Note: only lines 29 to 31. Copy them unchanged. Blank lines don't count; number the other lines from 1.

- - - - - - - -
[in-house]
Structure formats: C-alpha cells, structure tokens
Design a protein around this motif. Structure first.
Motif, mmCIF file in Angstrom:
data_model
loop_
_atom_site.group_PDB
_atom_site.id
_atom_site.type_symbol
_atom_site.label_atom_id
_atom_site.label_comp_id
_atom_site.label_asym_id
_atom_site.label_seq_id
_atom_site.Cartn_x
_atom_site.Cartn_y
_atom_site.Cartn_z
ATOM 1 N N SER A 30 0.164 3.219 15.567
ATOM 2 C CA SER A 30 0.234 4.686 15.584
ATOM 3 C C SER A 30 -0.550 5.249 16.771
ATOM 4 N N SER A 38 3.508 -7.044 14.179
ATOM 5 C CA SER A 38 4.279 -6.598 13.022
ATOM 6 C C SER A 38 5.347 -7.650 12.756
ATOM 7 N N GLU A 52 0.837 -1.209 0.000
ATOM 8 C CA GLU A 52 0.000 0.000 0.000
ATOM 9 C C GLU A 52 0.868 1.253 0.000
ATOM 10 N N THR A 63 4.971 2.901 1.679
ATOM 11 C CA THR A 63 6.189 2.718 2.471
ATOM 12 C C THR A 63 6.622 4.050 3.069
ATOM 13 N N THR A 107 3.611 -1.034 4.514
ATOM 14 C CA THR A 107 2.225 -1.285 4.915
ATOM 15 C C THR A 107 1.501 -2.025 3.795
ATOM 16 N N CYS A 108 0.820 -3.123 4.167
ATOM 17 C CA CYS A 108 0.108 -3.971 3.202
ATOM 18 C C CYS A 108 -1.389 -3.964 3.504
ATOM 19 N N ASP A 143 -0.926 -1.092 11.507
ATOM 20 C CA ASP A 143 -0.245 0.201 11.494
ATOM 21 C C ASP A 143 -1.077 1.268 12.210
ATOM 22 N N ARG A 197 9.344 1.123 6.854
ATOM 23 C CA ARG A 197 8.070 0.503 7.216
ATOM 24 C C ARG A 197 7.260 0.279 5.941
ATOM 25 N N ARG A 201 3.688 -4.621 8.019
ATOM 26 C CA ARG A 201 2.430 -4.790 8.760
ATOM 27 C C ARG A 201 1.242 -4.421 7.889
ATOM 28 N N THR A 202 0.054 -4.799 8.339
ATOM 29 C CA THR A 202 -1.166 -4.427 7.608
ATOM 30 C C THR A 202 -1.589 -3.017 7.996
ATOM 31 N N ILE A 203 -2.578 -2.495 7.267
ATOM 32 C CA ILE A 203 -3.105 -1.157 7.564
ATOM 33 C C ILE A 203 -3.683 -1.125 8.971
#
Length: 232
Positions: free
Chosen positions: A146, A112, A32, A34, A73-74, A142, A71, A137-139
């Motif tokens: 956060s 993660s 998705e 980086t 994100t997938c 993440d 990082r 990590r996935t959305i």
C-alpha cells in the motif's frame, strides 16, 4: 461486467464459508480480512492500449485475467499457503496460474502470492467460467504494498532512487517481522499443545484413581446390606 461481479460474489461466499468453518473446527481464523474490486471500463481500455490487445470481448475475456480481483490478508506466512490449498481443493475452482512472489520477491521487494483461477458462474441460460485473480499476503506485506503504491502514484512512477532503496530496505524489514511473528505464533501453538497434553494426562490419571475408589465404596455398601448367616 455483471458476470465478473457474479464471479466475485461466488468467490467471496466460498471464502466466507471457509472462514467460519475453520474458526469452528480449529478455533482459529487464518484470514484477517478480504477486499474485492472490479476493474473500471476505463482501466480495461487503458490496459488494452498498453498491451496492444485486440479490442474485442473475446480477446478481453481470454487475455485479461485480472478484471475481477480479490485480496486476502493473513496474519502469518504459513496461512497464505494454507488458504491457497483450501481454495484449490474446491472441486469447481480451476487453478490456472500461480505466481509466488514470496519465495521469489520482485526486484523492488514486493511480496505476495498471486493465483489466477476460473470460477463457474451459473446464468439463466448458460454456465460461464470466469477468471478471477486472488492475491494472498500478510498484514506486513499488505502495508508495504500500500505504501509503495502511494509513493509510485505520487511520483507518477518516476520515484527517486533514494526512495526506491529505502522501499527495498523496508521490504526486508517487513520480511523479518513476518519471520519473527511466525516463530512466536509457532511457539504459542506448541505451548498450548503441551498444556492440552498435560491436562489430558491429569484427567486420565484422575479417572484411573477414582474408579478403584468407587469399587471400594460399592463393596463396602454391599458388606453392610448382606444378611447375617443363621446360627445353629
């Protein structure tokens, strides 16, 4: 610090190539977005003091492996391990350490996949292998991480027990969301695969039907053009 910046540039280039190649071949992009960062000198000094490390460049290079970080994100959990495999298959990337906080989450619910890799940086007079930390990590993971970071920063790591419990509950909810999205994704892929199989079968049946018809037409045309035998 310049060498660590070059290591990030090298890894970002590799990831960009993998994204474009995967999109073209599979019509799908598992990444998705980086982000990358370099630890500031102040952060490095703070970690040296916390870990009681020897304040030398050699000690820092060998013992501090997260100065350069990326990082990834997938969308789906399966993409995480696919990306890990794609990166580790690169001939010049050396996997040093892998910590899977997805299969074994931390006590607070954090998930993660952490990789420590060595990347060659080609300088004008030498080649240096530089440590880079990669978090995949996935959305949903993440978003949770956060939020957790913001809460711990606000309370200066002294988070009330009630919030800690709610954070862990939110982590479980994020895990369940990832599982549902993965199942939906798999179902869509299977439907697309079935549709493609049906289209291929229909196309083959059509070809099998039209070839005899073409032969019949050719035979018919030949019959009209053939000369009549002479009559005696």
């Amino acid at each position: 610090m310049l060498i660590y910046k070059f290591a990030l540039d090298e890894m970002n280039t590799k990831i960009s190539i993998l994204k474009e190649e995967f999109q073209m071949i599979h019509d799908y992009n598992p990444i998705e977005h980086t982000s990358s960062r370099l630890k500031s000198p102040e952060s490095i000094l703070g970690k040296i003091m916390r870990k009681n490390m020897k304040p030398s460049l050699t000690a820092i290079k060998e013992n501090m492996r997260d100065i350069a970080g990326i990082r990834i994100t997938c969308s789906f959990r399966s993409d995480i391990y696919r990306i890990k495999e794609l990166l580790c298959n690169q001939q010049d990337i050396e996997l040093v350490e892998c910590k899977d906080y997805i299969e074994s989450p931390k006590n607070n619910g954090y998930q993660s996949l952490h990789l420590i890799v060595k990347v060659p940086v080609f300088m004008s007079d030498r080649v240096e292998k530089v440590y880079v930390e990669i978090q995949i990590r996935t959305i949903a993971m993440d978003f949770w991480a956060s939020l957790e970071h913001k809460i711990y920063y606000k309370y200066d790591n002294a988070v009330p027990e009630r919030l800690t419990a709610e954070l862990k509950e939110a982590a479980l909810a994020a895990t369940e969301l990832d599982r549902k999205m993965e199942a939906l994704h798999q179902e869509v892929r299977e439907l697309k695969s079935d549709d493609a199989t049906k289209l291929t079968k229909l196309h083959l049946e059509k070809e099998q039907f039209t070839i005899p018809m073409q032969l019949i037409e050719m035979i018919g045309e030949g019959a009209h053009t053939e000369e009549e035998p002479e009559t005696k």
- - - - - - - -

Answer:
ATOM 13 N N THR A 107 3.611 -1.034 4.514
ATOM 14 C CA THR A 107 2.225 -1.285 4.915
ATOM 15 C C THR A 107 1.501 -2.025 3.795